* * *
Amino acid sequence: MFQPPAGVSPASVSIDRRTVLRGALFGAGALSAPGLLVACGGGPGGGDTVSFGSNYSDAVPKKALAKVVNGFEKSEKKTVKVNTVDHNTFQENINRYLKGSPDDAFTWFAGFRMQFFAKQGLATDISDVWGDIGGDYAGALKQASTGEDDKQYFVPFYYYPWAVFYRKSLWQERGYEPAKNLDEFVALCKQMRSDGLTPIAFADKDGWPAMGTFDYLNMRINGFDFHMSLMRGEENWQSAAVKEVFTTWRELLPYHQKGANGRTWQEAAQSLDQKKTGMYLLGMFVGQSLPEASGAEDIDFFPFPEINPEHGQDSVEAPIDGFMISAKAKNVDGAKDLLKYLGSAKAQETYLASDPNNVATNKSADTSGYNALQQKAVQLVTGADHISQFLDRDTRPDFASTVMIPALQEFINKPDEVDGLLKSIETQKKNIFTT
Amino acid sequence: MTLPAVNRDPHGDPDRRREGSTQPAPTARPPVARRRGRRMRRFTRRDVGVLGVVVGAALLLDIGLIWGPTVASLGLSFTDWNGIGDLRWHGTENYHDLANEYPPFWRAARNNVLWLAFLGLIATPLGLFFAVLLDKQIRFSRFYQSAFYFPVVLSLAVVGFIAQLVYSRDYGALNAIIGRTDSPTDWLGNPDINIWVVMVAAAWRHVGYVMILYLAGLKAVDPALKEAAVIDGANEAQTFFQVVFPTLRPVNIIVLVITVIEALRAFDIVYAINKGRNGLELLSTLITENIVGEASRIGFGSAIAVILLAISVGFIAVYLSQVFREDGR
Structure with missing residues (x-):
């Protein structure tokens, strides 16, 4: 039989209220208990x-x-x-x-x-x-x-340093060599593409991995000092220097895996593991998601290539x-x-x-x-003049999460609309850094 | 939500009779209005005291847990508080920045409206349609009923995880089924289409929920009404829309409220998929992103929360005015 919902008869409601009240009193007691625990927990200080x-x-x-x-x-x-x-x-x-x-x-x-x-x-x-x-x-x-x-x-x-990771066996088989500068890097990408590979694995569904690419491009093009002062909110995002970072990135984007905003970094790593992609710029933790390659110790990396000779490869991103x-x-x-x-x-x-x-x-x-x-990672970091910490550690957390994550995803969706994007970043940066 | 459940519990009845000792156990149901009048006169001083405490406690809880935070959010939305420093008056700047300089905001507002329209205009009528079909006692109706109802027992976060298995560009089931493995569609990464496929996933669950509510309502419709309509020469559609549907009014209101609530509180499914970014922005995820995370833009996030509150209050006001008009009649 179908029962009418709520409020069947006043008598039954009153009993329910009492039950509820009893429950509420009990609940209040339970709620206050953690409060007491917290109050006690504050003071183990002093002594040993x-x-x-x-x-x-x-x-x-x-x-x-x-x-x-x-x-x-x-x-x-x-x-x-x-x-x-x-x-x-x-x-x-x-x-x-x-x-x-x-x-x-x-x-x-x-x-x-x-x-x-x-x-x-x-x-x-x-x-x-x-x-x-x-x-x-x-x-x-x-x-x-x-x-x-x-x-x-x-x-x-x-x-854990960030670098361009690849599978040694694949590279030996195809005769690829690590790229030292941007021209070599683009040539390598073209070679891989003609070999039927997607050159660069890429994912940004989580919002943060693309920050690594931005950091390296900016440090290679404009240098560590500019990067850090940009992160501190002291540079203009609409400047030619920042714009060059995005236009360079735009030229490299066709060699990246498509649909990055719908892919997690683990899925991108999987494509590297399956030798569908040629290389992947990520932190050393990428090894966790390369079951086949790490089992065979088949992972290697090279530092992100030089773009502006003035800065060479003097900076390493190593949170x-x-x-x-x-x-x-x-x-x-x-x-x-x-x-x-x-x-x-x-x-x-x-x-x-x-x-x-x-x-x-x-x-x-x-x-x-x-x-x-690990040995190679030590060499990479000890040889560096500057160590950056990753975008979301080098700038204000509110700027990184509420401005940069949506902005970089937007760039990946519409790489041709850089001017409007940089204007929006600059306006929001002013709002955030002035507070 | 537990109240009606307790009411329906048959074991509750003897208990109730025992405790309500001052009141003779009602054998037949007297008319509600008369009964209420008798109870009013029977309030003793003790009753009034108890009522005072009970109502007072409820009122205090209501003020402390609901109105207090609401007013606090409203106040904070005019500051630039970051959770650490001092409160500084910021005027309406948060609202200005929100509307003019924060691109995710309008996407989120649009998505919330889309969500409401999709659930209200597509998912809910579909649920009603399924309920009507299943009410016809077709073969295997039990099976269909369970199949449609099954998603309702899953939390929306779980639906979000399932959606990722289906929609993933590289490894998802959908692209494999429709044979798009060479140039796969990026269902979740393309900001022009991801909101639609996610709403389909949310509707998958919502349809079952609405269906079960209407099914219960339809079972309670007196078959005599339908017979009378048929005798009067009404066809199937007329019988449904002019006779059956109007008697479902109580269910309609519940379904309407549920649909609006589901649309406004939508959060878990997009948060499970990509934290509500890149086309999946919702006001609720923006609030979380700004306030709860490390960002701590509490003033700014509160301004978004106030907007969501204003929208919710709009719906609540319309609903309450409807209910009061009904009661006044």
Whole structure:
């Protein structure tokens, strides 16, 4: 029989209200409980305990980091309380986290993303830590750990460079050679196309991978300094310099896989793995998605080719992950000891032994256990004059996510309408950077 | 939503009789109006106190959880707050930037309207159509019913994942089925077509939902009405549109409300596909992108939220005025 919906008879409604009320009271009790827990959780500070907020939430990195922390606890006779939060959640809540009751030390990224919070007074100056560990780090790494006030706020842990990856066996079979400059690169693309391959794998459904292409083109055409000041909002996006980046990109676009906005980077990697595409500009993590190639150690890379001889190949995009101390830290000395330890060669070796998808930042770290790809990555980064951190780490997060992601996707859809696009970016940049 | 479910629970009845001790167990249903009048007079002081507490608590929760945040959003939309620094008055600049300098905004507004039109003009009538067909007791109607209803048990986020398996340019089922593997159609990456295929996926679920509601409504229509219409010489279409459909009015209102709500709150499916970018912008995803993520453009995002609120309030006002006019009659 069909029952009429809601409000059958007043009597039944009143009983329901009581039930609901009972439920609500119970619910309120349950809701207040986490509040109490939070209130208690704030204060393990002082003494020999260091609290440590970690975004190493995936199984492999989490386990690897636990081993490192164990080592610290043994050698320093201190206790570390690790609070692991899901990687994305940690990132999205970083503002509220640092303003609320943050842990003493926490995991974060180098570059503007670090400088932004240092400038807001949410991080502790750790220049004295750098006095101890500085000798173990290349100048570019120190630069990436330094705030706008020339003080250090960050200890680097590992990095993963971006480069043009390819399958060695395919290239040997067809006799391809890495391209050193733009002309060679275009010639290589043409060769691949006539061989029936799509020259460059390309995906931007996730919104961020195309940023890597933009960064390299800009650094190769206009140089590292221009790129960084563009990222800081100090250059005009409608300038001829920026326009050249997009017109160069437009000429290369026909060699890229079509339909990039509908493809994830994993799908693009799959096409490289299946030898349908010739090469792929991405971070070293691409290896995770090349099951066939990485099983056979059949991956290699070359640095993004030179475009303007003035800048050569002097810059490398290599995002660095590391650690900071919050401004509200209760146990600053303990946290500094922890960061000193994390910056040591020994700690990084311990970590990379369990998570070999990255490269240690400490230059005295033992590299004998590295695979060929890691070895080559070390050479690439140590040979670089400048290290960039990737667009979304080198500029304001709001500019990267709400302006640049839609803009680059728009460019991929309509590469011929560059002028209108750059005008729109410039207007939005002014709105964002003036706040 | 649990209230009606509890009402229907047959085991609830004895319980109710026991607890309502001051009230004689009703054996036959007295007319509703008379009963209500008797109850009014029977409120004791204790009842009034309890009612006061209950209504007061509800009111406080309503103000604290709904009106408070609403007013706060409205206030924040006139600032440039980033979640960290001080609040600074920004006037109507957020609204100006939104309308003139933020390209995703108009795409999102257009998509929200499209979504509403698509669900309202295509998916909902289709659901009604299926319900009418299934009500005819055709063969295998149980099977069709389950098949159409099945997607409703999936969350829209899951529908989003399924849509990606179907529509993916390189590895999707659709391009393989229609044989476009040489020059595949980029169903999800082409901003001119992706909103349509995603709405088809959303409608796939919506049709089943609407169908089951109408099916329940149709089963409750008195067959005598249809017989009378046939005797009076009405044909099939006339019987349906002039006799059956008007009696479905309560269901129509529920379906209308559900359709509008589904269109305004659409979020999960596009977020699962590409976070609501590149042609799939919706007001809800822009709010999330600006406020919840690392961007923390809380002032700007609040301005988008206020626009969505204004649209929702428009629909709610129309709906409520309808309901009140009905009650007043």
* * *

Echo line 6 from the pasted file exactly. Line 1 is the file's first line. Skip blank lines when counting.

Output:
């Protein structure tokens, strides 16, 4: 029989209200409980305990980091309380986290993303830590750990460079050679196309991978300094310099896989793995998605080719992950000891032994256990004059996510309408950077 | 939503009789109006106190959880707050930037309207159509019913994942089925077509939902009405549109409300596909992108939220005025 919906008879409604009320009271009790827990959780500070907020939430990195922390606890006779939060959640809540009751030390990224919070007074100056560990780090790494006030706020842990990856066996079979400059690169693309391959794998459904292409083109055409000041909002996006980046990109676009906005980077990697595409500009993590190639150690890379001889190949995009101390830290000395330890060669070796998808930042770290790809990555980064951190780490997060992601996707859809696009970016940049 | 479910629970009845001790167990249903009048007079002081507490608590929760945040959003939309620094008055600049300098905004507004039109003009009538067909007791109607209803048990986020398996340019089922593997159609990456295929996926679920509601409504229509219409010489279409459909009015209102709500709150499916970018912008995803993520453009995002609120309030006002006019009659 069909029952009429809601409000059958007043009597039944009143009983329901009581039930609901009972439920609500119970619910309120349950809701207040986490509040109490939070209130208690704030204060393990002082003494020999260091609290440590970690975004190493995936199984492999989490386990690897636990081993490192164990080592610290043994050698320093201190206790570390690790609070692991899901990687994305940690990132999205970083503002509220640092303003609320943050842990003493926490995991974060180098570059503007670090400088932004240092400038807001949410991080502790750790220049004295750098006095101890500085000798173990290349100048570019120190630069990436330094705030706008020339003080250090960050200890680097590992990095993963971006480069043009390819399958060695395919290239040997067809006799391809890495391209050193733009002309060679275009010639290589043409060769691949006539061989029936799509020259460059390309995906931007996730919104961020195309940023890597933009960064390299800009650094190769206009140089590292221009790129960084563009990222800081100090250059005009409608300038001829920026326009050249997009017109160069437009000429290369026909060699890229079509339909990039509908493809994830994993799908693009799959096409490289299946030898349908010739090469792929991405971070070293691409290896995770090349099951066939990485099983056979059949991956290699070359640095993004030179475009303007003035800048050569002097810059490398290599995002660095590391650690900071919050401004509200209760146990600053303990946290500094922890960061000193994390910056040591020994700690990084311990970590990379369990998570070999990255490269240690400490230059005295033992590299004998590295695979060929890691070895080559070390050479690439140590040979670089400048290290960039990737667009979304080198500029304001709001500019990267709400302006640049839609803009680059728009460019991929309509590469011929560059002028209108750059005008729109410039207007939005002014709105964002003036706040 | 649990209230009606509890009402229907047959085991609830004895319980109710026991607890309502001051009230004689009703054996036959007295007319509703008379009963209500008797109850009014029977409120004791204790009842009034309890009612006061209950209504007061509800009111406080309503103000604290709904009106408070609403007013706060409205206030924040006139600032440039980033979640960290001080609040600074920004006037109507957020609204100006939104309308003139933020390209995703108009795409999102257009998509929200499209979504509403698509669900309202295509998916909902289709659901009604299926319900009418299934009500005819055709063969295998149980099977069709389950098949159409099945997607409703999936969350829209899951529908989003399924849509990606179907529509993916390189590895999707659709391009393989229609044989476009040489020059595949980029169903999800082409901003001119992706909103349509995603709405088809959303409608796939919506049709089943609407169908089951109408099916329940149709089963409750008195067959005598249809017989009378046939005797009076009405044909099939006339019987349906002039006799059956008007009696479905309560269901129509529920379906209308559900359709509008589904269109305004659409979020999960596009977020699962590409976070609501590149042609799939919706007001809800822009709010999330600006406020919840690392961007923390809380002032700007609040301005988008206020626009969505204004649209929702428009629909709610129309709906409520309808309901009140009905009650007043």